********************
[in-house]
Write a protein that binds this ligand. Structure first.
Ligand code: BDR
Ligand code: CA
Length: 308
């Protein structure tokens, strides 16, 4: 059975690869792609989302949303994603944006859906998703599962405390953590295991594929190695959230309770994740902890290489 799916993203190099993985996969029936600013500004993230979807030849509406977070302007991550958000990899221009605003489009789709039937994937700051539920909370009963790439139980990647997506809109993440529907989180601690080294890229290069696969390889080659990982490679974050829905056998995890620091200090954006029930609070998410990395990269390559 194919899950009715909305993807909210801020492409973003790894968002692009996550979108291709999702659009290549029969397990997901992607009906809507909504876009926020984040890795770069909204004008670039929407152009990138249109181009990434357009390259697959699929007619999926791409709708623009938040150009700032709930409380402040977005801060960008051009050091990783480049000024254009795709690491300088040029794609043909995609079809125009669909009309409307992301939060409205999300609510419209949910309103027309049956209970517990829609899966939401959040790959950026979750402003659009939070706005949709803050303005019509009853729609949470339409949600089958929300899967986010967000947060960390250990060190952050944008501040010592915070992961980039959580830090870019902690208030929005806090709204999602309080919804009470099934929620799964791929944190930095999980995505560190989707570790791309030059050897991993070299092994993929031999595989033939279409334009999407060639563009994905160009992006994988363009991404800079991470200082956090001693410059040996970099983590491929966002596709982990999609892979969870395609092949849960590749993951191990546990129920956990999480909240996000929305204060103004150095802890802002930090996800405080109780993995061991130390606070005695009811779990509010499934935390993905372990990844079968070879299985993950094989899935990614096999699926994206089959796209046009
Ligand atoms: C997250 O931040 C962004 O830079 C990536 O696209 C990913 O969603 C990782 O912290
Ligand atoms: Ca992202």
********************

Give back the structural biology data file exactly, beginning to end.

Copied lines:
[in-house]
Write a protein that binds this ligand. Structure first.
Ligand code: BDR
Ligand code: CA
Length: 308
């Protein structure tokens, strides 16, 4: 059975690869792609989302949303994603944006859906998703599962405390953590295991594929190695959230309770994740902890290489 799916993203190099993985996969029936600013500004993230979807030849509406977070302007991550958000990899221009605003489009789709039937994937700051539920909370009963790439139980990647997506809109993440529907989180601690080294890229290069696969390889080659990982490679974050829905056998995890620091200090954006029930609070998410990395990269390559 194919899950009715909305993807909210801020492409973003790894968002692009996550979108291709999702659009290549029969397990997901992607009906809507909504876009926020984040890795770069909204004008670039929407152009990138249109181009990434357009390259697959699929007619999926791409709708623009938040150009700032709930409380402040977005801060960008051009050091990783480049000024254009795709690491300088040029794609043909995609079809125009669909009309409307992301939060409205999300609510419209949910309103027309049956209970517990829609899966939401959040790959950026979750402003659009939070706005949709803050303005019509009853729609949470339409949600089958929300899967986010967000947060960390250990060190952050944008501040010592915070992961980039959580830090870019902690208030929005806090709204999602309080919804009470099934929620799964791929944190930095999980995505560190989707570790791309030059050897991993070299092994993929031999595989033939279409334009999407060639563009994905160009992006994988363009991404800079991470200082956090001693410059040996970099983590491929966002596709982990999609892979969870395609092949849960590749993951191990546990129920956990999480909240996000929305204060103004150095802890802002930090996800405080109780993995061991130390606070005695009811779990509010499934935390993905372990990844079968070879299985993950094989899935990614096999699926994206089959796209046009
Ligand atoms: C997250 O931040 C962004 O830079 C990536 O696209 C990913 O969603 C990782 O912290
Ligand atoms: Ca992202």